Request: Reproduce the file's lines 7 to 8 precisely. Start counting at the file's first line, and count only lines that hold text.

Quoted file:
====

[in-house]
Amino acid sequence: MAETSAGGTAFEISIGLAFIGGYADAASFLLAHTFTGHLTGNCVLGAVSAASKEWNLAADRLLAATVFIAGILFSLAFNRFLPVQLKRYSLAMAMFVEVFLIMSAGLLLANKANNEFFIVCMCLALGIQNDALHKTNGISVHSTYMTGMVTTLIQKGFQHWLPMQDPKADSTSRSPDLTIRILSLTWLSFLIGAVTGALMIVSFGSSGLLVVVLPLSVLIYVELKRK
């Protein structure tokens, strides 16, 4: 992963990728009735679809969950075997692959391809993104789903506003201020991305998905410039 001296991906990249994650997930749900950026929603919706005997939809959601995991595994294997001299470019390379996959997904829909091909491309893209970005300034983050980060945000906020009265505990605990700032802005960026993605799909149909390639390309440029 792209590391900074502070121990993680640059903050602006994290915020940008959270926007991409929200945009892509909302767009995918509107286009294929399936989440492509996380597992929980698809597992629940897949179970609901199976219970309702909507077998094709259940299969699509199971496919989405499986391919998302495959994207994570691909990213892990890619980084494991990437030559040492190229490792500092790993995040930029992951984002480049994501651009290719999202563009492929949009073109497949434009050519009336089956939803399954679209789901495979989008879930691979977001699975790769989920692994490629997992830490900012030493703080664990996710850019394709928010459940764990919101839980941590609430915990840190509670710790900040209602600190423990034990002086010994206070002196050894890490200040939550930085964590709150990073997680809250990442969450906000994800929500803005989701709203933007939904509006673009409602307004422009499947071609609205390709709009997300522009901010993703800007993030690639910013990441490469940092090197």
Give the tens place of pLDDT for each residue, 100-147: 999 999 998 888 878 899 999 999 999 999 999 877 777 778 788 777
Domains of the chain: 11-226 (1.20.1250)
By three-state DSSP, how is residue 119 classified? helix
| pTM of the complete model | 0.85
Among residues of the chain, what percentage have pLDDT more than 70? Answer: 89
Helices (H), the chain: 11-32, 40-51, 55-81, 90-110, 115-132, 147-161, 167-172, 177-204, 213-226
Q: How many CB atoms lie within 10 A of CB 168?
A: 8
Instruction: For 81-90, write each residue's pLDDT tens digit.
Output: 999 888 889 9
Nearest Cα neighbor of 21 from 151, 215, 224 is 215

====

| pTM of the complete model | 0.85
Among residues of the chain, what percentage have pLDDT more than 70? Answer: 89